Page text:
Geekwire.  This is a site founded in Seattle to cover the tech beat in the Seattle area.  These guys are good.  They also have a podcast but it tends to be boring.

Google News:

I set up alerts on topics I care about and check it on occasion.  I include on this list all of the blogs that I like to read.  That way I get to see them all at once and it’s easy to tell if they have a new update.  Which is much better than checking them all individually.

I’m interested in what you have found helpful, please respond in the comments if you know of a good site, podcast, etc. that you use to keep up on the latest business ideas and technology.

Meaty Meetings – No Filler!

Bhaskar Dutt, TMMBA Student

Class 11 had a great session a few days ago with the always-entertaining Greg Bigley, in which we discussed how our study teams were working out. While on the subject of team meetings, I was very pleasantly surprised to learn that the team I am part of, Team Blue Chips, had some of the most efficient and productive team meetings in the cohort (yay, team!). I thought others might want to hear about our meeting practices, so if that sounds useful to you, read on!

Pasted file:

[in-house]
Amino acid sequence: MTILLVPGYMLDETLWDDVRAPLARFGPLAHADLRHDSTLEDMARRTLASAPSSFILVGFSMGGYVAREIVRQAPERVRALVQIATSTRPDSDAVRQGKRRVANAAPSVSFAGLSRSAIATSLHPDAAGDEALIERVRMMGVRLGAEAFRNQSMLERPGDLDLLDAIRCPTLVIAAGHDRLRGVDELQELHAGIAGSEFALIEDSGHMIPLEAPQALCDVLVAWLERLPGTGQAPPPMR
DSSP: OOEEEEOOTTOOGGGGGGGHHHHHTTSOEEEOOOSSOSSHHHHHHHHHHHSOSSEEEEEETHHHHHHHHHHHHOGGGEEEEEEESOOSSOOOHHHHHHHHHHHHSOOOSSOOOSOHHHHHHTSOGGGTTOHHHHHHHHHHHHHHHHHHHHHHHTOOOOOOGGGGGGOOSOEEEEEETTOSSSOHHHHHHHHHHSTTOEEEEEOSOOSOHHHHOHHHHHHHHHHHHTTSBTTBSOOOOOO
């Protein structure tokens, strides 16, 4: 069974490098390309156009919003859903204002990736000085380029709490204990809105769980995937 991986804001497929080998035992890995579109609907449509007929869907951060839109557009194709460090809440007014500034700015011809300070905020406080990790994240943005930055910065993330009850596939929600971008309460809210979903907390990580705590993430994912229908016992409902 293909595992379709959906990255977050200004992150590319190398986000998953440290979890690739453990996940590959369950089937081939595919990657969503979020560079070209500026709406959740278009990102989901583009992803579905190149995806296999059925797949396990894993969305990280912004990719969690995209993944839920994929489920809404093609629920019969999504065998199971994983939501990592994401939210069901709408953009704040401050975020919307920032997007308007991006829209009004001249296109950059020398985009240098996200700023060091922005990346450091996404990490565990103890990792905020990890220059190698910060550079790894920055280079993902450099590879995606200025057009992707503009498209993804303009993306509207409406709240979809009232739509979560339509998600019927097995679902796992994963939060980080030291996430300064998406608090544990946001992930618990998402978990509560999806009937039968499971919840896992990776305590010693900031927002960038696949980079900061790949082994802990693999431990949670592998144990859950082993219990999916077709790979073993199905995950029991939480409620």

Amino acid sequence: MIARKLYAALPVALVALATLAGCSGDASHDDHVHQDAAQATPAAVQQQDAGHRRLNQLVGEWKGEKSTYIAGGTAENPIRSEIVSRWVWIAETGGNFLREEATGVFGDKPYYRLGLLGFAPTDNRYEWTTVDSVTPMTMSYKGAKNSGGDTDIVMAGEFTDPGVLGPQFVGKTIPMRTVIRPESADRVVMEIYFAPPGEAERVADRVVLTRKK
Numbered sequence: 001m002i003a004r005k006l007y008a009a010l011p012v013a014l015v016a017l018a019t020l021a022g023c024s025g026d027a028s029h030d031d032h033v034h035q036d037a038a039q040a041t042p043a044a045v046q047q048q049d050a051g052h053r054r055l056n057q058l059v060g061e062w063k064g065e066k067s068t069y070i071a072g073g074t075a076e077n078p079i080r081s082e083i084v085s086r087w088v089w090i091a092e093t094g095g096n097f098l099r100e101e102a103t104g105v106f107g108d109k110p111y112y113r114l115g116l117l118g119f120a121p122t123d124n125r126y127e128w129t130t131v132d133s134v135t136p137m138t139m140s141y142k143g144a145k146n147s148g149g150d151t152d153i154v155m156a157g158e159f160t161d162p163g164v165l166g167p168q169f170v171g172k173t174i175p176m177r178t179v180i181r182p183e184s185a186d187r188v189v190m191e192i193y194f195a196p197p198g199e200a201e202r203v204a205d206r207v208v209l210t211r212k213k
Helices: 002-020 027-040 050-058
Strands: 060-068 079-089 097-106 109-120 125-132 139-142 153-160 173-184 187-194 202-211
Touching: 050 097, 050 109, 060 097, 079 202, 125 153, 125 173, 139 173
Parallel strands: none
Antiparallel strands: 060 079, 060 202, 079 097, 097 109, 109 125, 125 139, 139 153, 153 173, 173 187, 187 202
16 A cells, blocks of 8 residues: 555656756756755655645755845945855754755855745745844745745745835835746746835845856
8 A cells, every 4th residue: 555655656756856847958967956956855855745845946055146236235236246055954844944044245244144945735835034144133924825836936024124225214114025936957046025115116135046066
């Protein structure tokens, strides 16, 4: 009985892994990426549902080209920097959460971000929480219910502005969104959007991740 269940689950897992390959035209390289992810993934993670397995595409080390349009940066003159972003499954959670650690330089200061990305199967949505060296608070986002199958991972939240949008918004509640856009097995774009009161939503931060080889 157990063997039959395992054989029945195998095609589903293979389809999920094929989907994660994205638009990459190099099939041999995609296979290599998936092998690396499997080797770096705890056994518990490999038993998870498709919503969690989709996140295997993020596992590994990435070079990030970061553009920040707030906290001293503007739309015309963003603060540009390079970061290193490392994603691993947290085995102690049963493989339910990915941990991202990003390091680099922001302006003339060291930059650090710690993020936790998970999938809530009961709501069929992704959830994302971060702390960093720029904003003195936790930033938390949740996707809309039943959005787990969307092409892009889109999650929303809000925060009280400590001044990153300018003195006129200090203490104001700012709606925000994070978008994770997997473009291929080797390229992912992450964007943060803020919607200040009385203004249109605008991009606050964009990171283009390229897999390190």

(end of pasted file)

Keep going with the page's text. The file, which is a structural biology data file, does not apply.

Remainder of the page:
We average a little over one meeting a week (usually on Monday nights, starting at 7 pm) and rarely have our meetings go over two hours – apparently this is on the low side compared to other teams. Last quarter we invariably met virtually, over Skype, since commute times made it hard for us to meet much in person. While there is certainly a loss of communication fidelity when the meeting is voice-only (it is amazing how much communication happens through facial expressions, gestures, and body language!), we tried to make the best of it and on the whole were satisfied with the experience. Here are some of the things we did to keep our meetings meaty and free of filler: